Background: The contribution of nephrolithiasis-related end-stage renal disease (ESRD) to patients requiring renal replacement therapy has never been specifically evaluated.
Methods: Of the entire cohort of 1,391 consecutive patients who started maintenance dialysis therapy at our nephrology department between January 1989 and December 2000, a total of 45 patients (21 men) had renal stone disease as the cause of ESRD and constitute the study material. Type and cause of renal stone disease was determined in the 45 patients, as well as the change in prevalence of nephrolithiasis-related ESRD with time during this 12-year period.
Results: The overall proportion of nephrolithiasis-related ESRD was 3.2%. Infection (struvite) stones accounted for 42.2%; calcium stones, 26.7%; uric acid nephrolithiasis, 17.8%; and hereditary diseases (including primary hyperoxaluria type 1 and cystinuria), 13.3% of cases. Women were predominant among patients with infection and calcium stones, whereas men were predominant among patients with uric acid or hereditary stone disease. The proportion of patients with nephrolithiasis-related ESRD decreased from 4.7% in the triennial period 1989 to 1991 to 2.2% in the most recent period, 1998 to 2000 ( P = 0.07). This tendency to a decreasing prevalence mainly was caused by a rarefaction of infection and calcium stones with time, whereas frequencies of uric acid and hereditary stone disease remained essentially unchanged.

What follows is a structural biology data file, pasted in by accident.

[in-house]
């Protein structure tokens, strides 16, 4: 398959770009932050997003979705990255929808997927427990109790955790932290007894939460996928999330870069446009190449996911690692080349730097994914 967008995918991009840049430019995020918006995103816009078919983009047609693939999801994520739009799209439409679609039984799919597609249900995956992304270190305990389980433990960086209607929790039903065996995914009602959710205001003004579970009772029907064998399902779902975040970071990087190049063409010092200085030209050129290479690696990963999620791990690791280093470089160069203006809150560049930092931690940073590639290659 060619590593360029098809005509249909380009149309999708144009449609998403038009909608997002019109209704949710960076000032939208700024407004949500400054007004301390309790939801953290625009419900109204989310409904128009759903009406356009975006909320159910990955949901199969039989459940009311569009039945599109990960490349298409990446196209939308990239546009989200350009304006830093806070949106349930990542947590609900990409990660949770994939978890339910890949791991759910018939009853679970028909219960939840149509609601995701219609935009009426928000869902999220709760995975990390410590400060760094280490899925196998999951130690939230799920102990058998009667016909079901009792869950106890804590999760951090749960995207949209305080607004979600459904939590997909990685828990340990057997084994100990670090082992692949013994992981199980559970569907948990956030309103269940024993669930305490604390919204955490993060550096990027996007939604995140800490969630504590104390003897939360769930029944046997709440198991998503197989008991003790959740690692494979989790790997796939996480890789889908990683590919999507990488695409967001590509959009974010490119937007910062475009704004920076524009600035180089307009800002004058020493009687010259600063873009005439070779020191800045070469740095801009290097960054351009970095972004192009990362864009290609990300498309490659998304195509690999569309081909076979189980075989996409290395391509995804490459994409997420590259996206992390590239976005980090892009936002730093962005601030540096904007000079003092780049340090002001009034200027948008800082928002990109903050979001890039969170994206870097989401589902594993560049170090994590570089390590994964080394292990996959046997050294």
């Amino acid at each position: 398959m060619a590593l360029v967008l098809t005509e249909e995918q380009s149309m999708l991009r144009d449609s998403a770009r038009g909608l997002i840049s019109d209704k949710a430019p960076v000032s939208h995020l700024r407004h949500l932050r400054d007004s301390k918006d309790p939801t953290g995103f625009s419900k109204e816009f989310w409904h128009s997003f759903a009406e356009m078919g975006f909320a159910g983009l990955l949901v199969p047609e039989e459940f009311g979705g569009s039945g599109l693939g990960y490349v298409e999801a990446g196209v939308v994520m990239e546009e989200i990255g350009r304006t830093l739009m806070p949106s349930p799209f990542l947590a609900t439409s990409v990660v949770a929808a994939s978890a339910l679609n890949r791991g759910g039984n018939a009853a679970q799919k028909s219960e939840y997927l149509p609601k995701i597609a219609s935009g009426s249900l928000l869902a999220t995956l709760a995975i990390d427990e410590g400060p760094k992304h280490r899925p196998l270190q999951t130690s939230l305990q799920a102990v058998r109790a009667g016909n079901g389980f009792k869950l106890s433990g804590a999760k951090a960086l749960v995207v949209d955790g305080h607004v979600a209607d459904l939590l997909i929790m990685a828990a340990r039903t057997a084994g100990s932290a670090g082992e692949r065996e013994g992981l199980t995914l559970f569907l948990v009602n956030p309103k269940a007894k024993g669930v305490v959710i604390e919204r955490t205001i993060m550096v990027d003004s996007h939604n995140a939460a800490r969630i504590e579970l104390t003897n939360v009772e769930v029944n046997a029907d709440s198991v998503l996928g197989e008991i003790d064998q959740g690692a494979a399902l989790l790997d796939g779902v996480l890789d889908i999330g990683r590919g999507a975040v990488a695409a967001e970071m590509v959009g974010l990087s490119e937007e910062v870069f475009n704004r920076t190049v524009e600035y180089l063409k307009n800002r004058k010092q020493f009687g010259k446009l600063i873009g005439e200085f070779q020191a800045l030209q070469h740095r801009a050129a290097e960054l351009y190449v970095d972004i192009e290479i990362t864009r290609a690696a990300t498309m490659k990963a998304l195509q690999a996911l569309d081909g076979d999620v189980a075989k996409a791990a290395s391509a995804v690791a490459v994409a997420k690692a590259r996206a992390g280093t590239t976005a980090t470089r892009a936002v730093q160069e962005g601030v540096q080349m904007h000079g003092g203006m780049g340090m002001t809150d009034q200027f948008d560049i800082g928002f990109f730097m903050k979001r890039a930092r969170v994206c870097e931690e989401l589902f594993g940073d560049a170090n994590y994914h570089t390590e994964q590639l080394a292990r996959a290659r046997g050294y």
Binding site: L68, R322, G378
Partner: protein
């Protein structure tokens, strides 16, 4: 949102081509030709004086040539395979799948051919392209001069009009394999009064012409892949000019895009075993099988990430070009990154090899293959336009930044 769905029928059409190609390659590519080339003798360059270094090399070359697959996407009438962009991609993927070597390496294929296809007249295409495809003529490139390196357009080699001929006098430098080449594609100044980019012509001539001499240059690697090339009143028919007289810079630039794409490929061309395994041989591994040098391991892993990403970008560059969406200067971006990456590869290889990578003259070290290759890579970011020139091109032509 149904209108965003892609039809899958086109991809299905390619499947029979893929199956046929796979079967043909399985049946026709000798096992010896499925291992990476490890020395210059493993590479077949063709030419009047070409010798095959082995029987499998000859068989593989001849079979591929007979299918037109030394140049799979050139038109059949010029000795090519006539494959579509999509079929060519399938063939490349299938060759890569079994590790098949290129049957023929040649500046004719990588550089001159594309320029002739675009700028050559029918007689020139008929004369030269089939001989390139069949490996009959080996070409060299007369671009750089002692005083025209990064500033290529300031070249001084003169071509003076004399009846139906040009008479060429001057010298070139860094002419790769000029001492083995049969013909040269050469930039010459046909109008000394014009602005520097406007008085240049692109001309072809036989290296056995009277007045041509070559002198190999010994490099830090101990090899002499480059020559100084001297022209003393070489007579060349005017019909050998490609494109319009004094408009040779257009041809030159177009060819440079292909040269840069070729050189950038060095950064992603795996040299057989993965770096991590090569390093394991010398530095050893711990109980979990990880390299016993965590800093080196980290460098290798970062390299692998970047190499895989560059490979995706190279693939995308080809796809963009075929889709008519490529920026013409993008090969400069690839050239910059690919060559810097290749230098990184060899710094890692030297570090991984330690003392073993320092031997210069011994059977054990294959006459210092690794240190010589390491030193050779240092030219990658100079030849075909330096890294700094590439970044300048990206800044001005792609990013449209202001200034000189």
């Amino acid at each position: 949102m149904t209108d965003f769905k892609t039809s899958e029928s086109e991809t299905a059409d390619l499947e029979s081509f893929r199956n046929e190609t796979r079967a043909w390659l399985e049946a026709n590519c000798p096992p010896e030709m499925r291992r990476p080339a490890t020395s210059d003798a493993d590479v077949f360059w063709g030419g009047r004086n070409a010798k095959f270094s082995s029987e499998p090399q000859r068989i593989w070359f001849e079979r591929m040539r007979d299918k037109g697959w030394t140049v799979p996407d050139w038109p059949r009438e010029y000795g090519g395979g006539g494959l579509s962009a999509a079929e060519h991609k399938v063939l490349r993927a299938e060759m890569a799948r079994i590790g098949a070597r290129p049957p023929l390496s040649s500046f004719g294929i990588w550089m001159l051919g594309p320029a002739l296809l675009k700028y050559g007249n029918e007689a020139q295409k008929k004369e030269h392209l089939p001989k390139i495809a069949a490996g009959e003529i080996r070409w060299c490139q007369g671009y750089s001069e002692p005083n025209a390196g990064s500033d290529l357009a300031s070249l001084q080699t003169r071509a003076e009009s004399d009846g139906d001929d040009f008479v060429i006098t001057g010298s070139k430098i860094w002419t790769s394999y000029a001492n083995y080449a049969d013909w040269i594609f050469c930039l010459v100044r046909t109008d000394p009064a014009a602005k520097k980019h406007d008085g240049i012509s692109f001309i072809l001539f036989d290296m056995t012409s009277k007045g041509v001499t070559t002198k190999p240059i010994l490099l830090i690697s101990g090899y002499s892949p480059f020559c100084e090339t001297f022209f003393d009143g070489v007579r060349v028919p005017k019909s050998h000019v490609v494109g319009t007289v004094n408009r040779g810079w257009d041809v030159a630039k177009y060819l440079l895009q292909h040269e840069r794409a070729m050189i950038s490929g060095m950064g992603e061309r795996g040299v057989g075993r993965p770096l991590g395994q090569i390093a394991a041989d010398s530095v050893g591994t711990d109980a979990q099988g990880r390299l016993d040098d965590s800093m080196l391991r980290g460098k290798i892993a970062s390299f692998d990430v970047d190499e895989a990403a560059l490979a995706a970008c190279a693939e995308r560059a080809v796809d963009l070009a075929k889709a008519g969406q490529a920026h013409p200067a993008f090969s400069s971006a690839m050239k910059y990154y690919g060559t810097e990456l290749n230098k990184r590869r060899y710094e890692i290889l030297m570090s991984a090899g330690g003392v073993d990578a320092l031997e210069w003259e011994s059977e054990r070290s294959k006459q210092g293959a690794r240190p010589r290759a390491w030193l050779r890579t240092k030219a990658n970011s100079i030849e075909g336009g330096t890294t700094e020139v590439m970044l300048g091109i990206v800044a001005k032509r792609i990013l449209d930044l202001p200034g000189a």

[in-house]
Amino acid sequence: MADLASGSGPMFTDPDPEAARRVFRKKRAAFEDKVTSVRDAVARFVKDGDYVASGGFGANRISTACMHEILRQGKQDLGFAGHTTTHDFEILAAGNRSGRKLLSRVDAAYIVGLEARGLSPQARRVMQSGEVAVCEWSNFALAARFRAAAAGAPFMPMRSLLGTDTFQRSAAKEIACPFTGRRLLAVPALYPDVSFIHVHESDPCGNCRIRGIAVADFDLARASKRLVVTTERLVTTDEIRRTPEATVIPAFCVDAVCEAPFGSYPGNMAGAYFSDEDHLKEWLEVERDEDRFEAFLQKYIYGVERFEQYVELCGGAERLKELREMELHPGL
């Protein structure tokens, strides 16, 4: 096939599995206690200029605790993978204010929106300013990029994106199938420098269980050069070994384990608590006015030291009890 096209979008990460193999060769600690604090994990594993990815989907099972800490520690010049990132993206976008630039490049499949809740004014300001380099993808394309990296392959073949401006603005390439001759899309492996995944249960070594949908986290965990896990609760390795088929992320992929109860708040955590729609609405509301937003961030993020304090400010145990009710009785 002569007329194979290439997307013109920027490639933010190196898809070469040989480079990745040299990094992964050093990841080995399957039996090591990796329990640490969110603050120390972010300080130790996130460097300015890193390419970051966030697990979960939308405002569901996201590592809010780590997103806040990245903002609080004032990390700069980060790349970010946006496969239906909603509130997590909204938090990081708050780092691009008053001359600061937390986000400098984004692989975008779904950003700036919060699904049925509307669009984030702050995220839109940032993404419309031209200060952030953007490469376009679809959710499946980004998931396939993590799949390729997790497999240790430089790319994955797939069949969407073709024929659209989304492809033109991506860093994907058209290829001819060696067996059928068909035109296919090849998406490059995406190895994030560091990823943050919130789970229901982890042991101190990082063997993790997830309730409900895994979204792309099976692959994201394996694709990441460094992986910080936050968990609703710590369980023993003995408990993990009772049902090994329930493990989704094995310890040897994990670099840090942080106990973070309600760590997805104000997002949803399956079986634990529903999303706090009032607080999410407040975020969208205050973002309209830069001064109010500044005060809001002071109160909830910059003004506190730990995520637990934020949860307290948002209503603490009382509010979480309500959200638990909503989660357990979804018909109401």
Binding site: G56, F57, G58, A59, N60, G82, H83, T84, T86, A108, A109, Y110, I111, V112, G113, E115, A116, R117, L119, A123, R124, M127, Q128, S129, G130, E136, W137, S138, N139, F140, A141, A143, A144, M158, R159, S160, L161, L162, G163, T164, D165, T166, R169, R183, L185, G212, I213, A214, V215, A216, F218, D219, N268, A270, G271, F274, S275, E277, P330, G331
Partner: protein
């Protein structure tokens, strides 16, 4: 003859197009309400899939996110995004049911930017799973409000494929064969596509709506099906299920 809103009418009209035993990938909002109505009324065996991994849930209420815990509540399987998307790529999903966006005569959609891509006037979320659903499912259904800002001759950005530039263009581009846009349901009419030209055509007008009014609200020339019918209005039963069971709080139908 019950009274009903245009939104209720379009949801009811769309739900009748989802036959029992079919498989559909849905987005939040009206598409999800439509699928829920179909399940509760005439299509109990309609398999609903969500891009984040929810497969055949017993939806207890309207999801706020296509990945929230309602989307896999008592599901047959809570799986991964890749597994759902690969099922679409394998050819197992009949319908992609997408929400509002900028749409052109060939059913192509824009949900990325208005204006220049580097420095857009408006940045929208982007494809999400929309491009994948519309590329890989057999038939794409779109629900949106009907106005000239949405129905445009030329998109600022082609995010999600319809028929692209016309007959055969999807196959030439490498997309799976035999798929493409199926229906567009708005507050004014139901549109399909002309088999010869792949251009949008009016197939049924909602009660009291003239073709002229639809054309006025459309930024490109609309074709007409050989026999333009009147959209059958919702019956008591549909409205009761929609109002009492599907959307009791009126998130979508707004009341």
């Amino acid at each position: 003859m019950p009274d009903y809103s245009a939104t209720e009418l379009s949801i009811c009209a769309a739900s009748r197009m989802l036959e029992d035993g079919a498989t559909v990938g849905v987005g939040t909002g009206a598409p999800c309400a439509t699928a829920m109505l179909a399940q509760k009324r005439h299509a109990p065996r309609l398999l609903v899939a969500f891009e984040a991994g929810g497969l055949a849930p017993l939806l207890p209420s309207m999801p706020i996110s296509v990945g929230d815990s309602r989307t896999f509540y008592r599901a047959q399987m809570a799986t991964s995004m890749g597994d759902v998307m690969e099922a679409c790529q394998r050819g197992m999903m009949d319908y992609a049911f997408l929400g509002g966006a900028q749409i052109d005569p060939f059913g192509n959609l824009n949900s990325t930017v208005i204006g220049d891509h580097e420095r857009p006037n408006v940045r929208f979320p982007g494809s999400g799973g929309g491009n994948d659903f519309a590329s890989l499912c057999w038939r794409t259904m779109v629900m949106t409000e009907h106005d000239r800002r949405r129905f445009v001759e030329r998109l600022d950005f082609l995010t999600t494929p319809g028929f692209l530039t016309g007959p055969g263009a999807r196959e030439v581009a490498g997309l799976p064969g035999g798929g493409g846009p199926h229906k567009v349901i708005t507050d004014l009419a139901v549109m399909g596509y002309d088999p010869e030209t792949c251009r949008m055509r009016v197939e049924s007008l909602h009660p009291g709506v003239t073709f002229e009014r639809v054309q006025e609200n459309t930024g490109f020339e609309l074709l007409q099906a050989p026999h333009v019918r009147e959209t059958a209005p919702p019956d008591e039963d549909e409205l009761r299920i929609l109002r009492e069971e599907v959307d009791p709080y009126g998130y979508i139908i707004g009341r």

Conclusion: Severe forms of nephrolithiasis remain an underestimated cause of potentially avoidable ESRD and need for renal replacement therapy. These findings highlight the crucial importance of accurate stone analysis and metabolic evaluation to provide early diagnosis and proper therapy for conditions that may lead to ESRD through recurrent stone formation and/or parenchymal crystal infiltration.